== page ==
Repeated crowd problems in Ligue 1 are putting the future of French soccer at risk, French Sports Minister Roxana Maracineanu said after Sunday's game between Olympique Lyonnais and Olympique Marseille was abandoned due to fan violence.
The disciplinary commission of the French League (LFP) on Monday said that Lyon would play their Ligue 1 home games behind closed doors until it rules on the incident on 8 December after an investigation.
The French "Olympico" was called off almost two hours after being suspended when Marseille's Dimitri Payet was hit by a bottle thrown from the Groupama Stadium stands.
Referee Ruddy Buquet sent the players to the dressing room after Payet fell to the ground as he was preparing to take a corner kick.
Payet missed training on Monday and French website RMC Sport reported that Marseille would press charges.
The stadium announcer initially said the match would restart, following a decision made by local Lyon authorities.
This was criticised by the French League (LFP), which called for an emergency meeting of its disciplinary panel on Monday, resulting in Lyon playing home matches without spectators starting with next Wednesday's game against Stade de Reims.
"They have to come to an agreement, this kind of problem is for the League to solve," Maracineanu told France Info radio on Monday, her office later telling Reuters the sports and interior ministries would meet over the matter on Tuesday.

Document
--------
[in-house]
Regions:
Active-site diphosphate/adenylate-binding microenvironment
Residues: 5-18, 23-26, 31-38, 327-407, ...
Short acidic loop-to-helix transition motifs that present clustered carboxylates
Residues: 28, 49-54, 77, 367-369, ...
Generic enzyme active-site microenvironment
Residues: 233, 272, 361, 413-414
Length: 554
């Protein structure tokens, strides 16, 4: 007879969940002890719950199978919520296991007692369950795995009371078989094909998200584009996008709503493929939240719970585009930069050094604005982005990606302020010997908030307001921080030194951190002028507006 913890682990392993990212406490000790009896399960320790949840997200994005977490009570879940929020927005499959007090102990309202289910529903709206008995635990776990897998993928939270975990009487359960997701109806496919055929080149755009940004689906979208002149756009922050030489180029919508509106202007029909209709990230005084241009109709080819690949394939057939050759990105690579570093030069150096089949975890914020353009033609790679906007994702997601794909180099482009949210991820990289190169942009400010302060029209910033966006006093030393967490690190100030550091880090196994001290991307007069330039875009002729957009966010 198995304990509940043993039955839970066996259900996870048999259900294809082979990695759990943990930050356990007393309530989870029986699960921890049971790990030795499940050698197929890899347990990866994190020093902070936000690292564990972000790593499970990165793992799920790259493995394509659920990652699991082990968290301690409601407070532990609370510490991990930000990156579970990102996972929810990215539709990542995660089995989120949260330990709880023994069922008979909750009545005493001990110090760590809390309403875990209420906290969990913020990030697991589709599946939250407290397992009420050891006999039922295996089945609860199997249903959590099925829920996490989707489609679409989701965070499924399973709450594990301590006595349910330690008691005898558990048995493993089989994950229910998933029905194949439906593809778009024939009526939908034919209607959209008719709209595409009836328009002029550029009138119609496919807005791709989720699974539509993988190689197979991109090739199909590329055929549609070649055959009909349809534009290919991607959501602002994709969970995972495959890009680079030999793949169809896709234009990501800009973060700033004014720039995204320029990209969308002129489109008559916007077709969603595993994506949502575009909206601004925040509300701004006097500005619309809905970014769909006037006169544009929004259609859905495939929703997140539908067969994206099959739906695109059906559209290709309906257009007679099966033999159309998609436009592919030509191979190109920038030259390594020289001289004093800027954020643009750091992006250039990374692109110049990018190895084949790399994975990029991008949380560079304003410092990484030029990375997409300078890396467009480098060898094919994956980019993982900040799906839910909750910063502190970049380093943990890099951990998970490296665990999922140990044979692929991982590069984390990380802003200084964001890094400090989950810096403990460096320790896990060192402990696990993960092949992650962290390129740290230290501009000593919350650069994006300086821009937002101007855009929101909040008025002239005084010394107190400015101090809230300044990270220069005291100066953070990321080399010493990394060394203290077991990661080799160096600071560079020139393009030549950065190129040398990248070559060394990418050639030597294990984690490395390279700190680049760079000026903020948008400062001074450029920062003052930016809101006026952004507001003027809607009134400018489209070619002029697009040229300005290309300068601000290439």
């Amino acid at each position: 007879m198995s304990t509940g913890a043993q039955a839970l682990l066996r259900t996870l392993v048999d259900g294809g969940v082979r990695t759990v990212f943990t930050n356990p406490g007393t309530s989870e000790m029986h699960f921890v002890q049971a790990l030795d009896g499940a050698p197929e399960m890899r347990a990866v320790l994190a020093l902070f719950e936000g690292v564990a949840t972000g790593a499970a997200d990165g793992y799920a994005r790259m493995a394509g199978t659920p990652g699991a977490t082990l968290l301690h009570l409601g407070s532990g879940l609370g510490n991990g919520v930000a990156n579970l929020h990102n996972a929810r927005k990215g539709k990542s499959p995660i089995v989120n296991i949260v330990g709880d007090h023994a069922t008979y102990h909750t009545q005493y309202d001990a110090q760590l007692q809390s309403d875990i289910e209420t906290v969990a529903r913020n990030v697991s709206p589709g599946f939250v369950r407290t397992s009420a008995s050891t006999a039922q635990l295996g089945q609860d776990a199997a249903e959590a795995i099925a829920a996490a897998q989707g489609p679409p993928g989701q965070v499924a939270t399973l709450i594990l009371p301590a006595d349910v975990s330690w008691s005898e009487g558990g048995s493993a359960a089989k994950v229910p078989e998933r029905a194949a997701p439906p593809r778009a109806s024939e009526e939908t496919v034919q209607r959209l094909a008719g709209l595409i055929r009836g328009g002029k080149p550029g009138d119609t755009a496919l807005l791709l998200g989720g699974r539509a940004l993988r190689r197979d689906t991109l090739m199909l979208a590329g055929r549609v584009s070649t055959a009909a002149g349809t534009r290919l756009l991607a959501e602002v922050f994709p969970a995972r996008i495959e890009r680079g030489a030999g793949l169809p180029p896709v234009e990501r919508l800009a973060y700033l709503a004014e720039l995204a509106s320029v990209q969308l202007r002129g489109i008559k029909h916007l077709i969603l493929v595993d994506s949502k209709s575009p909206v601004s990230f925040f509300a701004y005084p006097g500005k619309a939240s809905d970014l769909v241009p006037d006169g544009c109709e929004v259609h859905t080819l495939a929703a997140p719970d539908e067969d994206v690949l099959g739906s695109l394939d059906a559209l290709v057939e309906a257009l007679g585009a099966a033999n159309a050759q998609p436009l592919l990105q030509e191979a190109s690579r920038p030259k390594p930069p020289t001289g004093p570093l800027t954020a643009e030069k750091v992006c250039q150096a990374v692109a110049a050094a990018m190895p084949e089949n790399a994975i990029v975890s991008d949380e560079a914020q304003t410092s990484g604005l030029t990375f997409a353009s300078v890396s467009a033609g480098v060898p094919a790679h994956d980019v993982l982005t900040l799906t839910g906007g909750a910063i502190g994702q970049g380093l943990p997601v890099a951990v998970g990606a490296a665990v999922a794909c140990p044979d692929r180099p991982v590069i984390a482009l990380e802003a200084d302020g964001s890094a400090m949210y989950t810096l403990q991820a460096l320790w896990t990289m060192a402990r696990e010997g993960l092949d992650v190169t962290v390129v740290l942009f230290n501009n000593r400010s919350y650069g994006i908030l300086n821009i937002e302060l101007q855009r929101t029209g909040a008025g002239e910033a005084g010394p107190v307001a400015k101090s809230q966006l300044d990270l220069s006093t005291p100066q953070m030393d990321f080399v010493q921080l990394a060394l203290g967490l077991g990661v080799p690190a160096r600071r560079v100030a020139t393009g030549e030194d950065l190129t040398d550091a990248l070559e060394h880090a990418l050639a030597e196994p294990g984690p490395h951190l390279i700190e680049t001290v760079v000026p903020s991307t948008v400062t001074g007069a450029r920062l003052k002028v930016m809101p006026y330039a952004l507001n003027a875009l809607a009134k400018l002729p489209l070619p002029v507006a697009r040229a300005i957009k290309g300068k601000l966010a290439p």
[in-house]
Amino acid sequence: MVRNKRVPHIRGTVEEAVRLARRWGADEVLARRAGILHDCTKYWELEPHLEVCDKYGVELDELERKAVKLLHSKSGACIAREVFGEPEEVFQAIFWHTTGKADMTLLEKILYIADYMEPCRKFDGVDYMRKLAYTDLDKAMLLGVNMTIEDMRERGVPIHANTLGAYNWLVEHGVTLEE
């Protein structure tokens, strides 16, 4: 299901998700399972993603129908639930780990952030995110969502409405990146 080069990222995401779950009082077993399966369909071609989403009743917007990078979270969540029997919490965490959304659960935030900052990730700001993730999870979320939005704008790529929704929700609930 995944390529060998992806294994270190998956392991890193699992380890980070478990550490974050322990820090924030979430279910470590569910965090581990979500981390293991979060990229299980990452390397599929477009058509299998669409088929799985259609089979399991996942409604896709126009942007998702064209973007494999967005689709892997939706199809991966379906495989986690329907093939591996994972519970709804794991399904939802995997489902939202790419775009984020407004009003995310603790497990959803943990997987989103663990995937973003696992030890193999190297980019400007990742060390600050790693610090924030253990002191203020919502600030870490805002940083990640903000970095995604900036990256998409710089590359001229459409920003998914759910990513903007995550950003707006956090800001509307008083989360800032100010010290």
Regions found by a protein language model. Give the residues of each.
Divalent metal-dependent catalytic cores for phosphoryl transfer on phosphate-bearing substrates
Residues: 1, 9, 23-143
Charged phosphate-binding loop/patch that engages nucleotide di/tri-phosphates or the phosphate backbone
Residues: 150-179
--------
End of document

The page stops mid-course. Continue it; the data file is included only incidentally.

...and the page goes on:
The interior ministry added that the French federation and the LFP have been summoned to the meeting.
"Everyone must understand that it's the survival of French soccer that's at stake," Maracineanu said.
Ligue 1 has been marred by fan violence this season.
Nice were docked two points, one of them suspended, after serious incidents during their game in August against Marseille, whose players clashed with home fans who pelted them with missiles and stormed onto the pitch..
The northern derby between RC Lens and Lille was hit by crowd problems in September, with the start of the second half delayed after rival fans threw objects at each other before people ran on to the pitch, prompting riot police and stewards to intervene.
There has also been crowd trouble in Montpellier, Angers, Marseille and St Etienne.
Maracineanu said the incidents were a threat to French professional soccer's finances.
"We can't allow that a broadcaster who has bought rights must keep the conversation moving for more than an hour like they did last night when we don't know if the match is going to continue, it's a world where millions of euros are at stake," she said.
"We've helped the soccer world during the health crisis to allow the return of fans in the stadiums, we can't allow things like that to happen."